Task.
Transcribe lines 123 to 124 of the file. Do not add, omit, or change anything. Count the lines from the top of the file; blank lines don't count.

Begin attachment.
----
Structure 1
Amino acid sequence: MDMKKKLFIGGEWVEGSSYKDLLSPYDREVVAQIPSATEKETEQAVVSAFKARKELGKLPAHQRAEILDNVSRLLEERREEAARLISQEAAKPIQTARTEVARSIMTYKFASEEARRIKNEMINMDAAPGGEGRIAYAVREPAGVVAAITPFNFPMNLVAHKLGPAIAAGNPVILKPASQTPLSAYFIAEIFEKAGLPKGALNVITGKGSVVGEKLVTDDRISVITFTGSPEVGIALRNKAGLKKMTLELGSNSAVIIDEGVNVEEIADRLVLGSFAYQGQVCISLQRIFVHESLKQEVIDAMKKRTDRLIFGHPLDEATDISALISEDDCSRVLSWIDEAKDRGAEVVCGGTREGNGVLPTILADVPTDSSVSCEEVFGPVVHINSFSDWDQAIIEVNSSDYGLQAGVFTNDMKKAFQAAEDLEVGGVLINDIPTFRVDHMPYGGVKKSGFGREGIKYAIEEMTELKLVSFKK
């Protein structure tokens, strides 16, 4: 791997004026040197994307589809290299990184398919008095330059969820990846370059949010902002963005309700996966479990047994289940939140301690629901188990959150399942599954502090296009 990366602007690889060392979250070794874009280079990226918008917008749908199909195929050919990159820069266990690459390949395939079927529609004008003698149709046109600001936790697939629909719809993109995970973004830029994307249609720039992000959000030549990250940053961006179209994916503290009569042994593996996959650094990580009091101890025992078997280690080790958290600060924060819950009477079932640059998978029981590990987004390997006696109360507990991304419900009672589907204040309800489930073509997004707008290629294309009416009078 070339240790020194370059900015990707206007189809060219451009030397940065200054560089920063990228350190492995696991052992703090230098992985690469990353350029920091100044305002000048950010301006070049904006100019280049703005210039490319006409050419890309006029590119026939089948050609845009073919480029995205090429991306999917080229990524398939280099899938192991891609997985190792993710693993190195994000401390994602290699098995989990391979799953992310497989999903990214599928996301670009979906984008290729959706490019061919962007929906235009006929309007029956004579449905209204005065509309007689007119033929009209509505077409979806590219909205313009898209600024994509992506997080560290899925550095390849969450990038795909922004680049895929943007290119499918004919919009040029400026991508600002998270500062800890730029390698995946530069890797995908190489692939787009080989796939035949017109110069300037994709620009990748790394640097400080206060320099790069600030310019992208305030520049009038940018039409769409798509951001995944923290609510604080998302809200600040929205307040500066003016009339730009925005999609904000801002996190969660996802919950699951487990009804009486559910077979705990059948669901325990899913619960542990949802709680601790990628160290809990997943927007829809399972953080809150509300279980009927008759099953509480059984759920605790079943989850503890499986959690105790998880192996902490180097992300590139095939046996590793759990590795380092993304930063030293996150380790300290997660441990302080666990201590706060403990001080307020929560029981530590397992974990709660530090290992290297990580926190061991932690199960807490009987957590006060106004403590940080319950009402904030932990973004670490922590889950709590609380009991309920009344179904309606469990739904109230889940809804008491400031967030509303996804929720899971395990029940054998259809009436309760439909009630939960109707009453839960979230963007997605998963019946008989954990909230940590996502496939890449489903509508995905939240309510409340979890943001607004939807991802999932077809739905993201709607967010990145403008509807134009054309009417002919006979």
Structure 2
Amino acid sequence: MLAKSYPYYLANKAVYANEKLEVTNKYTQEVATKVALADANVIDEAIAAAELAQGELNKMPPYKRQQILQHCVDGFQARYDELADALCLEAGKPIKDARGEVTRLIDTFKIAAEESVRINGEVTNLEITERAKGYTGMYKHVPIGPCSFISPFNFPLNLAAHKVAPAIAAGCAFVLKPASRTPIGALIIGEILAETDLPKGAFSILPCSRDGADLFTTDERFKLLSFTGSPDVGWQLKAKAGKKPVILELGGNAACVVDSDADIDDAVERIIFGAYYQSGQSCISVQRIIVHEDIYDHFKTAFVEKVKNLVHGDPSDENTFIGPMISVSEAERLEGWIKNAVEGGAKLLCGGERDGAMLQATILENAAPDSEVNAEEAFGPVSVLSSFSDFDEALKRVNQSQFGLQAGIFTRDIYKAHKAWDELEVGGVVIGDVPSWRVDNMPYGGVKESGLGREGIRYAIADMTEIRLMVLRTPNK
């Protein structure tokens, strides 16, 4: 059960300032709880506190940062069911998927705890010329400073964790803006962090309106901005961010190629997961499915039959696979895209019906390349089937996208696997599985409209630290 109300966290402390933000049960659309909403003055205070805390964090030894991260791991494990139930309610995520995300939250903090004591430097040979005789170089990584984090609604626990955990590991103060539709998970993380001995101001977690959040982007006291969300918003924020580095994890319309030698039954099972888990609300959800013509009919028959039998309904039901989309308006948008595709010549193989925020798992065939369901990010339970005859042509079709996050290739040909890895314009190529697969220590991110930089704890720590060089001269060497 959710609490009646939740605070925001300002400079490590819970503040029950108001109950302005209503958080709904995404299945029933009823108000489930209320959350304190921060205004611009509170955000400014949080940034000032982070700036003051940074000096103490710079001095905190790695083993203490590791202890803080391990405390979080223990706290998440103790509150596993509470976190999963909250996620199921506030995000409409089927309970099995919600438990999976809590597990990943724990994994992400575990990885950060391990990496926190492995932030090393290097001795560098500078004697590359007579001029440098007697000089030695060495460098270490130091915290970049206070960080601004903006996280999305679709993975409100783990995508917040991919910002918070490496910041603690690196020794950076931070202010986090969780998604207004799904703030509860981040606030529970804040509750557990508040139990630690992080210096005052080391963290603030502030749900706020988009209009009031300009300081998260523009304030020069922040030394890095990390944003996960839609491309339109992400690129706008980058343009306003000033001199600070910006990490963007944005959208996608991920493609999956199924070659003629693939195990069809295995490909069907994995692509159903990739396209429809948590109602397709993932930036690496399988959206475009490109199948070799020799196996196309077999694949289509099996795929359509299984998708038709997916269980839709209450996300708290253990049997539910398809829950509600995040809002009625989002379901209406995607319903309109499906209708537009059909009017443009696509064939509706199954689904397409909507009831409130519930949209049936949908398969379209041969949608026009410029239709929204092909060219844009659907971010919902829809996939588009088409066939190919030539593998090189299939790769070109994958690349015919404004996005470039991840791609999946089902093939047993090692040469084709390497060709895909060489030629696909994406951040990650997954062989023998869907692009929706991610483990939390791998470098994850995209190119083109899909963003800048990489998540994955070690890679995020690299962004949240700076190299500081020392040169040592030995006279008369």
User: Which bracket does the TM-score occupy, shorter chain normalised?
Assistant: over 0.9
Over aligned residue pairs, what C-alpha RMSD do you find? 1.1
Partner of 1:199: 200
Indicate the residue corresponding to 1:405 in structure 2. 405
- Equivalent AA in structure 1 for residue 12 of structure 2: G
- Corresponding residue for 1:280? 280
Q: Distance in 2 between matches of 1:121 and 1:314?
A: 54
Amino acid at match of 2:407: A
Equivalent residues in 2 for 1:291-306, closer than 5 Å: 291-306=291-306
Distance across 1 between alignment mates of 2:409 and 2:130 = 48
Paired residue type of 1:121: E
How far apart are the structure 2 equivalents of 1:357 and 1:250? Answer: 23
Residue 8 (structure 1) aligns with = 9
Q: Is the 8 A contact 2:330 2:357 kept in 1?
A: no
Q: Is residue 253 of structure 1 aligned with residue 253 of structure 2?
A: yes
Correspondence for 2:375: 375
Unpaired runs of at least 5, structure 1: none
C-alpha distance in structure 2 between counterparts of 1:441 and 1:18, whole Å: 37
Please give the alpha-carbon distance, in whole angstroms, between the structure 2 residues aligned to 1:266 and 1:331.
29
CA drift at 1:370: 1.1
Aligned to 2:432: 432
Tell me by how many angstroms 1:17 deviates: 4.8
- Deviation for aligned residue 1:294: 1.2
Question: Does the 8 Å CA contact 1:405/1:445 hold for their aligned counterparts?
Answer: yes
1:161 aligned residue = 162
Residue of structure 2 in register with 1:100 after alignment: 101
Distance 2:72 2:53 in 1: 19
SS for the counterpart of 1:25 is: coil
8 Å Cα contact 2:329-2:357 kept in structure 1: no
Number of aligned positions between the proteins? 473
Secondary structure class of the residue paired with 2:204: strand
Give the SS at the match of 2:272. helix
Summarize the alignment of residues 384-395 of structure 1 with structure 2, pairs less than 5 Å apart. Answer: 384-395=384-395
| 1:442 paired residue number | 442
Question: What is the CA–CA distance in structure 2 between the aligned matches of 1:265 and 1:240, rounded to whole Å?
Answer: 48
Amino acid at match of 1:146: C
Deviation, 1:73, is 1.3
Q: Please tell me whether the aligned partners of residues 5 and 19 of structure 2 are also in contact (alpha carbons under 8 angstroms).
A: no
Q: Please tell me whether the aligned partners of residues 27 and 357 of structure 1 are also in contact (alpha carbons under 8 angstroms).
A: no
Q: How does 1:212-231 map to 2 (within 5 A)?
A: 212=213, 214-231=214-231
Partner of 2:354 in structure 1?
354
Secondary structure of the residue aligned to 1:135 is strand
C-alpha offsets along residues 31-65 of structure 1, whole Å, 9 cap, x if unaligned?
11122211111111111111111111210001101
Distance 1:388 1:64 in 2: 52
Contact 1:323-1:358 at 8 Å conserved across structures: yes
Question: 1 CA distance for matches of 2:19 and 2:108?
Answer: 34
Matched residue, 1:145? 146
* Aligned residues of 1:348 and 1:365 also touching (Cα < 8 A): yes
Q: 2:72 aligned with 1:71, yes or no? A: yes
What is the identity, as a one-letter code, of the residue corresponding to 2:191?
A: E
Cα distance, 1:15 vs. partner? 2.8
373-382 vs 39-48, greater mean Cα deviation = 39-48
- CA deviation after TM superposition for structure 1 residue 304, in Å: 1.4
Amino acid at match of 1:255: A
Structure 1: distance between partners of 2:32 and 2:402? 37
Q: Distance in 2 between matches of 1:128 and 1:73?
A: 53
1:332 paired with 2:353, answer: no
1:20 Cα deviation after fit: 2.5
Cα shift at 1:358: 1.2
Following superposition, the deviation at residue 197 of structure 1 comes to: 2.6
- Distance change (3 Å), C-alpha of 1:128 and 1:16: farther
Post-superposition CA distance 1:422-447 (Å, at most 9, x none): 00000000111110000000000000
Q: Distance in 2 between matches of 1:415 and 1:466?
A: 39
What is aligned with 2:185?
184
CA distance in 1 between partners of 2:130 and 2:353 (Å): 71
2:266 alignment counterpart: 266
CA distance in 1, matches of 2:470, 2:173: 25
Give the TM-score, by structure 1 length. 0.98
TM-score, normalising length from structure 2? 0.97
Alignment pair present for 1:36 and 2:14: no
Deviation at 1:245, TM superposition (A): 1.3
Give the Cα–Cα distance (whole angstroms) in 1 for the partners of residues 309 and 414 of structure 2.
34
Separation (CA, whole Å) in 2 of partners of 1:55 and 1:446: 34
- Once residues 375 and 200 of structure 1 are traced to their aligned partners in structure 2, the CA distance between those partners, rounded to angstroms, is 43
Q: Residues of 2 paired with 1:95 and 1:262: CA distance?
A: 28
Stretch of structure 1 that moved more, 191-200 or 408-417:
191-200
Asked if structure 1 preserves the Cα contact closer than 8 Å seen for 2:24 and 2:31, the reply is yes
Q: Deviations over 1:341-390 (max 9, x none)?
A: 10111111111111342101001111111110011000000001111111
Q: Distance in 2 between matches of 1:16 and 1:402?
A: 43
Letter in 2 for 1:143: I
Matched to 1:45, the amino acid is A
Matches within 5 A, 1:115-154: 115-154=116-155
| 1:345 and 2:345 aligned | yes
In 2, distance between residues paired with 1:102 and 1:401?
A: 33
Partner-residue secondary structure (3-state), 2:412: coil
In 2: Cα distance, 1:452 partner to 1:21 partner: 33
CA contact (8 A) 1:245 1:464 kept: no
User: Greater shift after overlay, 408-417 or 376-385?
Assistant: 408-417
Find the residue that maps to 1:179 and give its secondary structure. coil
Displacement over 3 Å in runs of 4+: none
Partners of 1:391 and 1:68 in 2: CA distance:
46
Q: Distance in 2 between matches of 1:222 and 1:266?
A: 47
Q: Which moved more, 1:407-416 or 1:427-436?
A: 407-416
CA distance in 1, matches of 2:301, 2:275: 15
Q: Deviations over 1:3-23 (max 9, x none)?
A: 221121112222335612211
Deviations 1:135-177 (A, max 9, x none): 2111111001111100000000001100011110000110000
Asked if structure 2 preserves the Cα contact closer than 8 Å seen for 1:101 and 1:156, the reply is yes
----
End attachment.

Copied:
Q: Distance in 2 between matches of 1:222 and 1:266?
A: 47